By Francesca Larosa & Marco Vásquez
How are agricultural informal market systems working? What is the effect of the system on poor urban consumers? Are there inefficiencies along the value chain? Which policy interventions can enhance poverty reduction strategies?
Following our introductory blog on Value Chains for Nutrition (VCN) and our blog on related work in Kenya and Uganda, this blog is the third in a series on the work of the Linking Farmers to Markets (LFM) team in promoting sustainable food systems around the globe.
Introducing the project and its goals
Despite the crucial importance of family-scale and smallholder production, few studies have focused on informal markets across Central American countries. Funded by the FORD Foundation, CIAT’s VCN team is running a comparative study between Nicaragua and Honduras that is aimed towards closing this information gap. The research focuses on a basket of three representative foodstuffs: red beans, cheese and tomatoes, which represent core components of Central Americans’ diet. The project – named “Informal markets for poverty reduction and food security: Exploring policy options in Nicaragua and Honduras” – focuses on urban markets in both countries. In Nicaragua, the VCN team is currently collecting data in Managua, Matagalpa and Estelí, focal points of the national trade.
In the past few years, several international research and development organizations have been focused on linking rural communities to markets. This process involved Nicaragua and Honduras as well. Producers have created their own associations and have begun exporting their products and supplying through formal value chains, such as supermarkets. However, the great majority of farmers are still part of the informal system: they rely on a small-scale, traditional production and marketing approach. More than 90% of the smallholder farmers in Nicaragua and Honduras are excluded from investments in on-farm and organizational upgrading that are directed towards formal market channels. Consequently, they have limited access to capital and credit and are trapped in poverty, while facing unpredictable risks such as climate change.
This VCN project represents one of the first and more comprehensive field research projects on informal markets in Central America. Research in this area could help in two different, but complementary ways. First, by providing empirical evidence on how urban informal markets function. This means investigating the value chain actors and their roles, analyzing existing trading relationships, product flow and price/quantity dynamics along the value chain by focusing on the “invisible” middle, such as wholesalers and middlemen. Second, by designing policy options aimed at filling the gaps and improving the efficiency of small-scale businesses.
Methodology and methods
Thanks to the use of survey instruments targeted at different types of actors, the VCN team is collecting detailed information to build a strong evidence-based knowledge base on how business relationships along the value chain actually work. The project employs a mix of quantitative and qualitative approaches which will allow for a deeper understanding of informal agricultural markets and food systems, and for identifying opportunities to enhance their potential for poverty reduction. The first stage of the research project involves administering surveys to gather quantitative data among a randomly selected sample of value chain actors including traders, wholesalers, distributors and retailers. In particular, traders (or intermediaries) that connect rural communities to the urban environment are not always accessible and represent the most complex agent along the value chain.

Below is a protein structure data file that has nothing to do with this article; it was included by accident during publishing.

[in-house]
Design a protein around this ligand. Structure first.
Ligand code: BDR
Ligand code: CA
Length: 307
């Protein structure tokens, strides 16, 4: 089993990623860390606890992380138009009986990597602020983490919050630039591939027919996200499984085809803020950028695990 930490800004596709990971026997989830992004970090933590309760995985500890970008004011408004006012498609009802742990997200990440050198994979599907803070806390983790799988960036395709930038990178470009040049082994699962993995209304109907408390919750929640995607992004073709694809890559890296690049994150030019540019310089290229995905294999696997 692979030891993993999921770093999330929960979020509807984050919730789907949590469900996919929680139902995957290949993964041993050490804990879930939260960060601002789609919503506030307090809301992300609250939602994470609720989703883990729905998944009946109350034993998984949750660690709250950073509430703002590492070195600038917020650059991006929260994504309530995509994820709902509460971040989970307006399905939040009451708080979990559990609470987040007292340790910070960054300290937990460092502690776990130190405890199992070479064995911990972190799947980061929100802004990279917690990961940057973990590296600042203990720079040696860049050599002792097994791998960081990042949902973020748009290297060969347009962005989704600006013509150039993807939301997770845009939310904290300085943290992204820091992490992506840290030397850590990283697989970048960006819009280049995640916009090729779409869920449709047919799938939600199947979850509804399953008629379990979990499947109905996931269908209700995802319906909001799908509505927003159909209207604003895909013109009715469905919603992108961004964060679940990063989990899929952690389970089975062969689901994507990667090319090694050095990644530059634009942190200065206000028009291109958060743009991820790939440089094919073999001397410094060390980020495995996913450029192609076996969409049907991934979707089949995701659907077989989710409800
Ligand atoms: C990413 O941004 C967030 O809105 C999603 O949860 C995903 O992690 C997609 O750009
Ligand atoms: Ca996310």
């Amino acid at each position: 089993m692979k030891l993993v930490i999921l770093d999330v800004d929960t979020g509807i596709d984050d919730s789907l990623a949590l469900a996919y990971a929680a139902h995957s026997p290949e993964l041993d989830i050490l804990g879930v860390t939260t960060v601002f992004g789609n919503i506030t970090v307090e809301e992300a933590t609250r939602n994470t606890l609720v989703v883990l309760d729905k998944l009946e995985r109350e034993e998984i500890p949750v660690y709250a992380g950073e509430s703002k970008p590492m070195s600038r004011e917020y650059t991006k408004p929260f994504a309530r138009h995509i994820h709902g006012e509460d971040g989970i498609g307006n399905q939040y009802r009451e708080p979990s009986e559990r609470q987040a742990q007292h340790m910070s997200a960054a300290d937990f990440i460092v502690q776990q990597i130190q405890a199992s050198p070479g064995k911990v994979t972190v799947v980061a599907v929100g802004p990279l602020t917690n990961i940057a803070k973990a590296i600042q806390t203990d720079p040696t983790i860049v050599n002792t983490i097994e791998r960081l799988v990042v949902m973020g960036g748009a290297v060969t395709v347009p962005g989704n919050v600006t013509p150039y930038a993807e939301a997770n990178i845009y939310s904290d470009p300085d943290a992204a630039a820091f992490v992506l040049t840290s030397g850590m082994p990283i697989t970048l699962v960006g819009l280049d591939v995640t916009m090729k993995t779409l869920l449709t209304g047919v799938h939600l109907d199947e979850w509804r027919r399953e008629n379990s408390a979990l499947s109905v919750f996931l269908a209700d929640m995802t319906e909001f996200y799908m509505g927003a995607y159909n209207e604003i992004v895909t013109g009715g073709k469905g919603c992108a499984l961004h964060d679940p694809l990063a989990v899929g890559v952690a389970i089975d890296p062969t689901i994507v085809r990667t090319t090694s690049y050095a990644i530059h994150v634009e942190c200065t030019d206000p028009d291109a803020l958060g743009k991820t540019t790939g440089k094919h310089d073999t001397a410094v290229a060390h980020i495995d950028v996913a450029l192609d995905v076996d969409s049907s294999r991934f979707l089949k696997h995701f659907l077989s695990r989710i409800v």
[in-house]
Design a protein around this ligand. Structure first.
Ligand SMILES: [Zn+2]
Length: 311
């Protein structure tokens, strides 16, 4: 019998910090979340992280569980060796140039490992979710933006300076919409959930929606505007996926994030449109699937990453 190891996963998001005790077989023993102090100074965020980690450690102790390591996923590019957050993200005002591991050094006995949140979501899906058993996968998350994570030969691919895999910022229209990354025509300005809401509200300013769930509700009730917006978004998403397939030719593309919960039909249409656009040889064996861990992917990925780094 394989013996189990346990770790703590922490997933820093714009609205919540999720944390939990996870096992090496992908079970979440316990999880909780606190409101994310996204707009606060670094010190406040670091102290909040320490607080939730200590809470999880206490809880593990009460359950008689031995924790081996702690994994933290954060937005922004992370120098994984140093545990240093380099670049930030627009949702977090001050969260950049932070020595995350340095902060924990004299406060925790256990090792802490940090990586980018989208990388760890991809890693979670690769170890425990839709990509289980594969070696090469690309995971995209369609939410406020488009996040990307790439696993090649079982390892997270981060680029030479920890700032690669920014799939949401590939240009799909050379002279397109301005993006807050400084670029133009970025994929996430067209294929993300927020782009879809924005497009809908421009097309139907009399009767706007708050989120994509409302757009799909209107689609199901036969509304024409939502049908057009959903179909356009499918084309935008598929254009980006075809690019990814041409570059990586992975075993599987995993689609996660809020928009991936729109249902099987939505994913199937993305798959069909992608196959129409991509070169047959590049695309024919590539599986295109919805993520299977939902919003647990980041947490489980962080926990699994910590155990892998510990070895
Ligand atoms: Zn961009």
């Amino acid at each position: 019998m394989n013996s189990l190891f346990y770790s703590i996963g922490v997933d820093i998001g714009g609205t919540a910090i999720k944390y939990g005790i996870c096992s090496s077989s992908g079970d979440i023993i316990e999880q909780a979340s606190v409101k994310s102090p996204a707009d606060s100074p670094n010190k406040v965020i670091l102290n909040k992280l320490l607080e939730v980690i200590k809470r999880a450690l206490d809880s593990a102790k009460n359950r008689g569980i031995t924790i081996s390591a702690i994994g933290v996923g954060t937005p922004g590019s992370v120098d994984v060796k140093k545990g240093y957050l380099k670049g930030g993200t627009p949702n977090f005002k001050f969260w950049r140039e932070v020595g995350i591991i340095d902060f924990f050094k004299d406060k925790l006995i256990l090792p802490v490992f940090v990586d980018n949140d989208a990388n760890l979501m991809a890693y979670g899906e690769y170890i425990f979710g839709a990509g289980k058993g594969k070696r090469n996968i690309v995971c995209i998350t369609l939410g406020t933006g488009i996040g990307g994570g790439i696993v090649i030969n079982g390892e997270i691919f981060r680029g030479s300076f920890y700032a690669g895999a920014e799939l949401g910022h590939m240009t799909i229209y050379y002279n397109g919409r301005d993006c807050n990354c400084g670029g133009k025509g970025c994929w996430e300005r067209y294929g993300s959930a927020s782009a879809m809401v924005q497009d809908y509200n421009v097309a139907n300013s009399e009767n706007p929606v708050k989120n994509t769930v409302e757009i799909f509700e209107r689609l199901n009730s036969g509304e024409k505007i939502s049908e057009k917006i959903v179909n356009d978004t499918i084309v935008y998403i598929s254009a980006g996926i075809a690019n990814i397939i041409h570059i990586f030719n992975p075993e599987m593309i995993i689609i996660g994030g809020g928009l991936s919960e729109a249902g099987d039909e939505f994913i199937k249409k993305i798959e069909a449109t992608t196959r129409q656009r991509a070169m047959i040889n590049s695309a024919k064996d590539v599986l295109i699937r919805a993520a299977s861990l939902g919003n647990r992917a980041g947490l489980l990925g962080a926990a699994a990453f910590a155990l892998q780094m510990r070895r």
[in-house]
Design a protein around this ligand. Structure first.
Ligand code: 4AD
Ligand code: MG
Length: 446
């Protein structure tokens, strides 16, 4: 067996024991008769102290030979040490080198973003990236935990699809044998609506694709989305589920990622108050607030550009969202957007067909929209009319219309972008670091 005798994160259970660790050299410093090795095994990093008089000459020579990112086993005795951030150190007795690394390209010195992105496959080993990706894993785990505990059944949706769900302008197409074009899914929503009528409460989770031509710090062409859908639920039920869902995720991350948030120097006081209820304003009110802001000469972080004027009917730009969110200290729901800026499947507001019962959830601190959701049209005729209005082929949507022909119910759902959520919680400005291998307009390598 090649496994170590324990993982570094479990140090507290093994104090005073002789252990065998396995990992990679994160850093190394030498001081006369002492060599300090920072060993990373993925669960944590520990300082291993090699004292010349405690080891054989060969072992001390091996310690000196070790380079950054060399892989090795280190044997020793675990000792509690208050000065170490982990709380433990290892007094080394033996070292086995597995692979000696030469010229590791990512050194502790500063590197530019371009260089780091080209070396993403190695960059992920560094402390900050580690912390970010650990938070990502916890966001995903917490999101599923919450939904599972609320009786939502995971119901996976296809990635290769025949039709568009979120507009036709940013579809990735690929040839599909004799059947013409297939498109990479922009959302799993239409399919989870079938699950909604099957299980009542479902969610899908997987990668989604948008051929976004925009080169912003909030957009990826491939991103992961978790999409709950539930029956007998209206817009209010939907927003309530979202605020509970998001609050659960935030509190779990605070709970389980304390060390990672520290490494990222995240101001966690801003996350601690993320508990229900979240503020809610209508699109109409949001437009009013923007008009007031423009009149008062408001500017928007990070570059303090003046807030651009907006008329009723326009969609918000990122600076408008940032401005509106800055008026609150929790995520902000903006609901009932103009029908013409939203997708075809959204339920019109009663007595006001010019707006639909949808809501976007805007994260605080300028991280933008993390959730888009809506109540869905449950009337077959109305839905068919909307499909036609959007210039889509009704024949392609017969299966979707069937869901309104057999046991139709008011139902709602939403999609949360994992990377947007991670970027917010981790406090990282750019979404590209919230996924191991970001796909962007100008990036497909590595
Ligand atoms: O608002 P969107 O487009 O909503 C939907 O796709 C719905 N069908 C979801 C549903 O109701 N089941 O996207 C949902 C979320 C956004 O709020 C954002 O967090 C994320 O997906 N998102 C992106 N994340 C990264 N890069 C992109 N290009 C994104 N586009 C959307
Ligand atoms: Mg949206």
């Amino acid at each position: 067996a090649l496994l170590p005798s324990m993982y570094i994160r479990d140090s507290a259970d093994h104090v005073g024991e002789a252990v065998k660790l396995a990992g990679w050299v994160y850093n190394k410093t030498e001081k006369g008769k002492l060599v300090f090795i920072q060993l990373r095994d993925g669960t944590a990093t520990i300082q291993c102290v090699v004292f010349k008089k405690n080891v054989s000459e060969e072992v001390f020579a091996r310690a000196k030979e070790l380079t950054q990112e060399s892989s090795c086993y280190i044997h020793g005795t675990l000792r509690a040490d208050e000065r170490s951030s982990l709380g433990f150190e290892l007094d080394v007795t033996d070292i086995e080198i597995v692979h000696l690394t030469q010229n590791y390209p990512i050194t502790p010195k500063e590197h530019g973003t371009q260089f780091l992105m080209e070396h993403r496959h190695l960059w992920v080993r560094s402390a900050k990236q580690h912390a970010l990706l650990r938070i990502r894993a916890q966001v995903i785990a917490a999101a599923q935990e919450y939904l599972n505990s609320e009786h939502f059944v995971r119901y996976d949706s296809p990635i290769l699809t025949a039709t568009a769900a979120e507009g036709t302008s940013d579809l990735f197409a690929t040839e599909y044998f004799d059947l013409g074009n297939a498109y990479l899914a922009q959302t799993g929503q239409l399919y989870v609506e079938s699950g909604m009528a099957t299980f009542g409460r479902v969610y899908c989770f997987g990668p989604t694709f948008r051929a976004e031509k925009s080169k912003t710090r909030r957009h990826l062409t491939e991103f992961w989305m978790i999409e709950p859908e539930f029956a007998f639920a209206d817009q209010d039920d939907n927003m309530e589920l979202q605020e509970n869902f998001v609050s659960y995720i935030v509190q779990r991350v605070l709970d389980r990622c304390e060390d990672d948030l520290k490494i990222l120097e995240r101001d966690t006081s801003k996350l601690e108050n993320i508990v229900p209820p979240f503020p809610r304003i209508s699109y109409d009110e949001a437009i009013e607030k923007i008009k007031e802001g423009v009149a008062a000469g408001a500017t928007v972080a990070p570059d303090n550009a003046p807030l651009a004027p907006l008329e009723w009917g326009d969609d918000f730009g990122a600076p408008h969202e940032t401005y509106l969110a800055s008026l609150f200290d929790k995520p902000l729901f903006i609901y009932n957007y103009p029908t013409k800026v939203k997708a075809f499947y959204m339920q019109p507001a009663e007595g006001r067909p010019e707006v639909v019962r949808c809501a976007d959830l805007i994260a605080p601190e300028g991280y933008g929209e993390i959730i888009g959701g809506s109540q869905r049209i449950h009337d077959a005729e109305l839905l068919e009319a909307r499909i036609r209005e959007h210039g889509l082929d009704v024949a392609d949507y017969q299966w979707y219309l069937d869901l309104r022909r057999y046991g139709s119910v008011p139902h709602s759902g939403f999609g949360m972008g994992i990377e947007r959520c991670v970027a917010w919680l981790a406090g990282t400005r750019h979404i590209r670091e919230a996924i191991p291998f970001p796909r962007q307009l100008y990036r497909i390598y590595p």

The questionnaires focus on socioeconomic characteristics, purchasing/selling patterns and agreements, relations to other actors in the value chain, and motivations. The second, qualitative stage of this research is designed to provide a nuanced understanding of decision-making processes and of the sociocultural context thats explain the trends observed during the first research stage. Methods used during this stage are interviews and focus groups with keys actors.
Progress and outlook
In Nicaragua, the team has completed data collection in Managua and Matagalpa and is in the process of collecting data in Estelí. Using the free software OpenStreetMap, the team is also mapping the city markets of interest with the help of GPS technology. This represents a completely original contribution, as a huge portion of Nicaraguan land has not yet been mapped by any provider. Once collected and analyzed, the data will constitute the basis of a policy report that focuses on anti-poverty strategies which may help to reduce food insecurity among Nicaraguan and Honduran urban market traders. This report will be shared and disseminated through the engagement of key stakeholders and interaction with the international community.
Data collection in Matagalpa, Nicaragua. Photo credit: Francesca Larosa (CIAT)
Data collection in Choluteca, Honduras. Photo credit: Marco Vásquez (Swisscontact)
Similar work has been conducted in Honduras, where data collection in Tegucigalpa and Choluteca has almost finished. The subsequent analysis will shed light on the bottlenecks these markets have, losses along the value chain (mainly due to inefficient postharvest practices), gross margin profits generated by this kind of markets, the degree of inclusivity in exisiting trading relationships, profiles of types of sellers and other interesting information.